If pursuing a career in games journalism hadn't worked out for me, I would have been a government agent. I'd wear a watch that could drive my car remotely, sleep with a gun under my pillow and never leave the house without a smoking hot chick hanging off my arm. Although Gabriel Logan, Sam Fisher and Solid Snake have all given us a taste of interactive espionage, few of their respective games seem to have captured the lifestyle in the same way that Hollywood has. SEGA and Obsidian are looking to change all that with Alpha Protocol, the self proclaimed 'espionage RPG' that lets players live out their fantasies as a globetrotting CIA agent.
Alpha Protocol wears its inspirations on its sleeve. While main character Mike Thorton clearly models himself on the likes of Jason Bourne, James Bond and Jack Bauer (although has bucked the trend with his initials), the game itself has taken lessons from BioWare and Mass Effect. Replace Commander Shepard with a blend of the heroes mentioned above, swap the intergalactic setting with a bevy of real world locations, and exchange the space opera narrative for that of espionage - and you'll have a pretty good mental picture of Alpha Protocol.
A familiar 'dialogue stance system' (as Obsidian has called it) envelopes the action, allowing the player to steer the conversation based on what kind of character they're looking to portray. Through flattery, comedy, mockery, intimidation and downright rudeness, Thorton can build or destroy relationships with other characters, which will ultimately affect the direction of the narrative. Choices aren't necessarily verbal either; often there'll be an option to use physical force. At certain points in the story the game will present the option to 'execute' another character, allowing you to permanently remove them from the narrative. You can even flirt up a storm with some of your female handlers, and if your chat-up lines are up to Bond's standards, they'll end up back at your spy-pad for some hanky-panky.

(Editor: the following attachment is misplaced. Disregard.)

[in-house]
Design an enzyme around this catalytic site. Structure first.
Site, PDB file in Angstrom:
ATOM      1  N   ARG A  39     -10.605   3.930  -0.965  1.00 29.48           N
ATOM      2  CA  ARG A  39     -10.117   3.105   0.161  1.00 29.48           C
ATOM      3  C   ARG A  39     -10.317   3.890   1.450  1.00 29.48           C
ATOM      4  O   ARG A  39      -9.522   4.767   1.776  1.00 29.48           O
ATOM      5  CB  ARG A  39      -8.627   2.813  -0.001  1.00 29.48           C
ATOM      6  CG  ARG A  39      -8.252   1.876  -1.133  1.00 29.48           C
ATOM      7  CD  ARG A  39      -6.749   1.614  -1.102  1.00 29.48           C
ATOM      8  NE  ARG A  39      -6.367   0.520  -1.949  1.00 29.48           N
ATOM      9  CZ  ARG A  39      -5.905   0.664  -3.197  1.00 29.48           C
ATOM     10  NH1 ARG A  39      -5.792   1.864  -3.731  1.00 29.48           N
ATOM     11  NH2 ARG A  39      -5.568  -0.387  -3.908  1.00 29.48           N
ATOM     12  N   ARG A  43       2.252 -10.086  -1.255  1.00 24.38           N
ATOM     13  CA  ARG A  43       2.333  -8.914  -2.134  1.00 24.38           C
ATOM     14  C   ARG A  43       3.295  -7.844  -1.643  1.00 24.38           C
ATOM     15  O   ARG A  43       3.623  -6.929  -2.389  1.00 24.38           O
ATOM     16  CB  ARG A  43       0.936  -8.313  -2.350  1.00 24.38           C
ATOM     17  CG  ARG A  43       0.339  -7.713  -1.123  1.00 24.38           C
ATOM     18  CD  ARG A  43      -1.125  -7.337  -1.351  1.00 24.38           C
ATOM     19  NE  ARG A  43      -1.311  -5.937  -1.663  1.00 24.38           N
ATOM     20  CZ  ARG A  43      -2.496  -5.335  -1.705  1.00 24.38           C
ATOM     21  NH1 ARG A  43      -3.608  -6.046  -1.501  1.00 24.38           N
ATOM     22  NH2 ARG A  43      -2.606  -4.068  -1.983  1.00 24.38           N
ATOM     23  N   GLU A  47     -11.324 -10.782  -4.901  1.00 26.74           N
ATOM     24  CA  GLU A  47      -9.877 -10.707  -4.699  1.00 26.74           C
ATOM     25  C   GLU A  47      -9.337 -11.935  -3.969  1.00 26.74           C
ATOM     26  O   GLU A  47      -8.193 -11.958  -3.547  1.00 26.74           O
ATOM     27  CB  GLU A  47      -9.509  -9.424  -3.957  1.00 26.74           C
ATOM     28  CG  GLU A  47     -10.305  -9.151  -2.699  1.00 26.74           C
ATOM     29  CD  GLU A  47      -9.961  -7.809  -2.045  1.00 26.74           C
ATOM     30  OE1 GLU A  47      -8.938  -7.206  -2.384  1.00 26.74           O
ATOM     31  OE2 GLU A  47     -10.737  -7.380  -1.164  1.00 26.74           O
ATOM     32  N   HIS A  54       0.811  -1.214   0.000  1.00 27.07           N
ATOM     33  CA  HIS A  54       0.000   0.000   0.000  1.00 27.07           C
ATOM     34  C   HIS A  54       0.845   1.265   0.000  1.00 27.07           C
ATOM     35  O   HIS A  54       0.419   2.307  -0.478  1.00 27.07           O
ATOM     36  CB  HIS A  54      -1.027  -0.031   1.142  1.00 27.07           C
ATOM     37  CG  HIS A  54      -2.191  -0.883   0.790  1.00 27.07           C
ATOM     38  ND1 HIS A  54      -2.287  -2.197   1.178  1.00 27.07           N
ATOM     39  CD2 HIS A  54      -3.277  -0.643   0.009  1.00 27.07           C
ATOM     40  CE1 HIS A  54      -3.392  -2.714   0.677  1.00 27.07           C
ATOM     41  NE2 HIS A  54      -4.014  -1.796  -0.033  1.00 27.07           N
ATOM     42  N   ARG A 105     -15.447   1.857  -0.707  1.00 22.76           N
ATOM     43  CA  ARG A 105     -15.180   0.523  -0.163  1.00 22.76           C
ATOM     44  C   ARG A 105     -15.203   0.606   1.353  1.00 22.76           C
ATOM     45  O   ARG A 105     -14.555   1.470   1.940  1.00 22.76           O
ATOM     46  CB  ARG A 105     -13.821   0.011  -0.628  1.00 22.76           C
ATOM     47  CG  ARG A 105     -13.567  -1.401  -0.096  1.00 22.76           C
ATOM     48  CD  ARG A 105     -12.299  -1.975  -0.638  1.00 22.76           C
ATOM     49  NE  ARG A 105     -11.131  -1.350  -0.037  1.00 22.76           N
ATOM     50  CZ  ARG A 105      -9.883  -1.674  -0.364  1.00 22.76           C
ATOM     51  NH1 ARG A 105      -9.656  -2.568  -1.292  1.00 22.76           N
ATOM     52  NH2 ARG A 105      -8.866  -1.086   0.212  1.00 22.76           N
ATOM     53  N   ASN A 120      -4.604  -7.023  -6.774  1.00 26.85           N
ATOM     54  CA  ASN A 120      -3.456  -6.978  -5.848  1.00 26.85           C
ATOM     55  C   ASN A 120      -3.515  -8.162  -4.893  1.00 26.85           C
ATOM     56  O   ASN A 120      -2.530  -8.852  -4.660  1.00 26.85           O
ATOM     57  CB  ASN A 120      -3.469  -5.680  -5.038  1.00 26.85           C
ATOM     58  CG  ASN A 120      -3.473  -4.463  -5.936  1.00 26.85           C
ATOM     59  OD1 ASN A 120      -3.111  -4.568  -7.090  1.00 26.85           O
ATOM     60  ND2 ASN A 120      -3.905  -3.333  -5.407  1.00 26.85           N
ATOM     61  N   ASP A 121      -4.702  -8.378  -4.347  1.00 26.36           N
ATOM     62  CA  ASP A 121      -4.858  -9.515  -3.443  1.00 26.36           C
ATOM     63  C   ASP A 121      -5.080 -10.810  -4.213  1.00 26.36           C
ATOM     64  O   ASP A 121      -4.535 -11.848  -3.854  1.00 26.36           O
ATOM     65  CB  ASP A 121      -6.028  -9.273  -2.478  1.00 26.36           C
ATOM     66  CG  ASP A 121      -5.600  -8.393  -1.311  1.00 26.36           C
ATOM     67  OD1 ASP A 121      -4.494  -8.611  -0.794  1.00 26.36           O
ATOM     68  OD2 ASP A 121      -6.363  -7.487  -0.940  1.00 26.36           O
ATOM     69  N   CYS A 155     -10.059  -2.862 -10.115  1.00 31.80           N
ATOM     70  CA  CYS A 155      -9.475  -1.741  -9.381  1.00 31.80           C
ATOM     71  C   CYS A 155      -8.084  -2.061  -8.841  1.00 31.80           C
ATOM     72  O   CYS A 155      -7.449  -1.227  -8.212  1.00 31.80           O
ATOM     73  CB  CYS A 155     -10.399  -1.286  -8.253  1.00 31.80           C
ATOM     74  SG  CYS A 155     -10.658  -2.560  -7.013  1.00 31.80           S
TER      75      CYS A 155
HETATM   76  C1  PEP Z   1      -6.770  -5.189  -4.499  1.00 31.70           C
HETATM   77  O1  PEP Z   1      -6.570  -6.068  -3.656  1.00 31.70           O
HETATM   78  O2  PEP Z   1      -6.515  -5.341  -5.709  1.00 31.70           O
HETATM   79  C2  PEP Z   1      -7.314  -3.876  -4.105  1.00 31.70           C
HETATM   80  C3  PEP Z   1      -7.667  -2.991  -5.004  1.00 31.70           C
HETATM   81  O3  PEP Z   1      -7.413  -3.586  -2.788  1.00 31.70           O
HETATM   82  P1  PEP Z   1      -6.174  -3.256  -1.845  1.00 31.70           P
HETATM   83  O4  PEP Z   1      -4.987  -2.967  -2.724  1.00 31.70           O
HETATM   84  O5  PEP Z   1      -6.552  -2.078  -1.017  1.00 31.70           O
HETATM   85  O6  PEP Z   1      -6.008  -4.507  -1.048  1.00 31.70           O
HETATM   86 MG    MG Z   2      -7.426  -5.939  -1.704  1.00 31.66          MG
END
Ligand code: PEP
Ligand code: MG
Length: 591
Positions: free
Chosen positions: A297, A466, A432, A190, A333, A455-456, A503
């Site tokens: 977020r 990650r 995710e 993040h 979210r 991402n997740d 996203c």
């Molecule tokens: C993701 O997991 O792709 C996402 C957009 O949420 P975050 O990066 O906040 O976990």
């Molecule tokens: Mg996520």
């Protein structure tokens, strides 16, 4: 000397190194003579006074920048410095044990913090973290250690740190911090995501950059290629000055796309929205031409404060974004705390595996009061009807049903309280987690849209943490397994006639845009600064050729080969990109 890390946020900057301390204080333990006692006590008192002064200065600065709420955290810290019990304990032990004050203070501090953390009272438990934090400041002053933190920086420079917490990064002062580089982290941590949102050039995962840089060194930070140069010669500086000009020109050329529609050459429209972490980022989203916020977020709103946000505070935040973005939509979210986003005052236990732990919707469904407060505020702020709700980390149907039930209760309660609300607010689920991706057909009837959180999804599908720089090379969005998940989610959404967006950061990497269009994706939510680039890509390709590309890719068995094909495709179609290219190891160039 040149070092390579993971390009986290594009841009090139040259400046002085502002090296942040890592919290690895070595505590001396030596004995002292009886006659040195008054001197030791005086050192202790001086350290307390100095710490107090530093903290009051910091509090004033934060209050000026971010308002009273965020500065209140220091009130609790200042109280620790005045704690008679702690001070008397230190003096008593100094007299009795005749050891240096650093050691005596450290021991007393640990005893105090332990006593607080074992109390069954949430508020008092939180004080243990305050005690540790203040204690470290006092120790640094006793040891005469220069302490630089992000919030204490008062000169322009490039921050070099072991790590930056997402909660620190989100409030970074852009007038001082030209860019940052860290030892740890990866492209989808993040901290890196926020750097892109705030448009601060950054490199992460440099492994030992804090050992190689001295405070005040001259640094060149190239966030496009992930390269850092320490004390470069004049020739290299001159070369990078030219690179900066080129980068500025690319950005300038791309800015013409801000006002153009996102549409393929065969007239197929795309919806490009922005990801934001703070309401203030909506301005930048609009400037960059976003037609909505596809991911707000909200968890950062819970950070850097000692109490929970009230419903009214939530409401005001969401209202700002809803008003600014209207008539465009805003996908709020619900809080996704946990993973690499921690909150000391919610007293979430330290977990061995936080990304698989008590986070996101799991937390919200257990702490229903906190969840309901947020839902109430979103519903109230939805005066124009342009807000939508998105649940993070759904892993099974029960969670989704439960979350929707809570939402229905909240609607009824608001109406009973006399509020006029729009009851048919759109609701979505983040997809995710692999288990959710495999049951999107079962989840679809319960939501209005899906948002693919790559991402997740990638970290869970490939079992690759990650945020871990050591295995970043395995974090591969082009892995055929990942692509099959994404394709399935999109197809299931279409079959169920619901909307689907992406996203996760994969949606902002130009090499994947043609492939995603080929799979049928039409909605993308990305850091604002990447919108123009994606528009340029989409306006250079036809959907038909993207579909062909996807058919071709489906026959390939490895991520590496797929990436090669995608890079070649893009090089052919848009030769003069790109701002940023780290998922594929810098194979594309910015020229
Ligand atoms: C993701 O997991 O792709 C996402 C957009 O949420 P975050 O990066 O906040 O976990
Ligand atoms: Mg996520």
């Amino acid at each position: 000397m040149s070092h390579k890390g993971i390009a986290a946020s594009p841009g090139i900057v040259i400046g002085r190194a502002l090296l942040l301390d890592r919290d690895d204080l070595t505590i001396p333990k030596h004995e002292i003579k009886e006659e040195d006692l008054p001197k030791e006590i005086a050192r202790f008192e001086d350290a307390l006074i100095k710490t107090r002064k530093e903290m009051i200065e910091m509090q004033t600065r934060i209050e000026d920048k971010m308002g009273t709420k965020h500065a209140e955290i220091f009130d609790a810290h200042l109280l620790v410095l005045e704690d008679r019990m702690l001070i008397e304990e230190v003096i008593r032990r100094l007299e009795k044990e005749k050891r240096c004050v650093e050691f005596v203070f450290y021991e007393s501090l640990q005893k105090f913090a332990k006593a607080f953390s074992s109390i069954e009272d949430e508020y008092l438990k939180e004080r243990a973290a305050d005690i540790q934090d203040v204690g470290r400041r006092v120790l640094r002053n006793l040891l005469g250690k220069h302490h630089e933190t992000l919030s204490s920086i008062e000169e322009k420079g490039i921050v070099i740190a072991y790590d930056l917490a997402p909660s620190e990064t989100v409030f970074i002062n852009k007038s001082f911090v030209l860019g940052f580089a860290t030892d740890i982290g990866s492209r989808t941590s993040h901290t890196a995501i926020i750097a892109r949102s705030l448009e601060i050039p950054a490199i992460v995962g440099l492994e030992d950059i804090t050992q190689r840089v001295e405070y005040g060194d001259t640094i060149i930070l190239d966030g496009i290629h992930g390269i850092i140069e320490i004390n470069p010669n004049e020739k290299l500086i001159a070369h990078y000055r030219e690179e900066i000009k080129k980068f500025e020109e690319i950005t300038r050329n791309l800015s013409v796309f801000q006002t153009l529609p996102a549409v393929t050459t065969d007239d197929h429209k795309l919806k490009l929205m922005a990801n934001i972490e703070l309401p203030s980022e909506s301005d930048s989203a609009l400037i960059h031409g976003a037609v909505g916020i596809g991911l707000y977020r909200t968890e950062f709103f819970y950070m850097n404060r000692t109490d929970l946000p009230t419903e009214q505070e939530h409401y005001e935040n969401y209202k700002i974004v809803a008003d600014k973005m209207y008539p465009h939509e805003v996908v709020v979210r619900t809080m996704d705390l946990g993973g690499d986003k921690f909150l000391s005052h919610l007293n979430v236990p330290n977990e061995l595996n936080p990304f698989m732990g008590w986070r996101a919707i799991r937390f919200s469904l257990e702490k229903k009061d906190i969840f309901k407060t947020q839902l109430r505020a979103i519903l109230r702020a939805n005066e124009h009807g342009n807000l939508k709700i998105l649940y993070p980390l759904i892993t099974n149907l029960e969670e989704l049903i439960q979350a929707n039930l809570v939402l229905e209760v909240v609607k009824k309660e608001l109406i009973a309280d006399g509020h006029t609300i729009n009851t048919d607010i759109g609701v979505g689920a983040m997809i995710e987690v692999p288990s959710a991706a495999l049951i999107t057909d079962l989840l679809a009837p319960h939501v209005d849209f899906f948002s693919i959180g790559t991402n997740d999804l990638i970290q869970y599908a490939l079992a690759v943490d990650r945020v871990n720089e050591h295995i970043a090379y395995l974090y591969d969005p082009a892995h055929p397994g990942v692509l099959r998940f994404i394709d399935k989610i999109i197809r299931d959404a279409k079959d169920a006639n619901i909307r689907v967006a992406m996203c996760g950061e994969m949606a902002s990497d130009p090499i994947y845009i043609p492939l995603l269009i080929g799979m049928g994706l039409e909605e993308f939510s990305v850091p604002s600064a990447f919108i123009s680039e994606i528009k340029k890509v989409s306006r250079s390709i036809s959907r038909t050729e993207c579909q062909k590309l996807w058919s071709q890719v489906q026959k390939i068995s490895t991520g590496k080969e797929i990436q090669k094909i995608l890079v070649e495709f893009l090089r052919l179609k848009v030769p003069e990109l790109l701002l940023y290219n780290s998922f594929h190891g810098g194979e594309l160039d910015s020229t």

Despite borrowing the mechanic from BioWare, the dialogue system happens to be one of the game's strongest assets. Obsidian is well known for its talents in the dialogue department (KOTOR2 being a shining example) and Alpha Protocol has been treated with the same care and attention. How you decide to react to different situations determines what missions you're given and what characters you're likely to encounter. Supporting this branching narrative is an impressive 30+ endings, and the mid sections will differ dramatically from game to game, too. To see everything the game has on offer will take a serious investment of time.
When Thorton isn't chin wagging with other characters, he's infiltrating enemy headquarters, intercepting crucial intel and taking out key members of terrorist organisations. The narrative surrounding these exploits is well crafted, if a little confusing. After a high-tech US missile falls into the wrong hands, the CIA sends Thorton to clean up the mess. During the mission, however, Thorton is betrayed by his employers, cut off and forced to go rogue. Working on his own agenda, he attempts to prevent the impending missile catastrophe while uncovering exactly who it was that sold him down the river.
Thorton's mission is orchestrated out of several safe houses acting as the hub for real world locations including Tai Pei, Rome and Moscow. As far as spy-pads go, these safe houses are pretty swanky, offering services to check email, change weapon load-outs and even watch the news. It's the kind of place you imagine James Bond chilling out with a Martini before a mission. This is one thing that Alpha Protocol does reasonably well: it makes you feel like an undercover agent. Whether you're flipping through enemy dossiers on your PDA, catching up on new emails or tinkering with your equipment - you'll feel suitably like an employee of the secret services.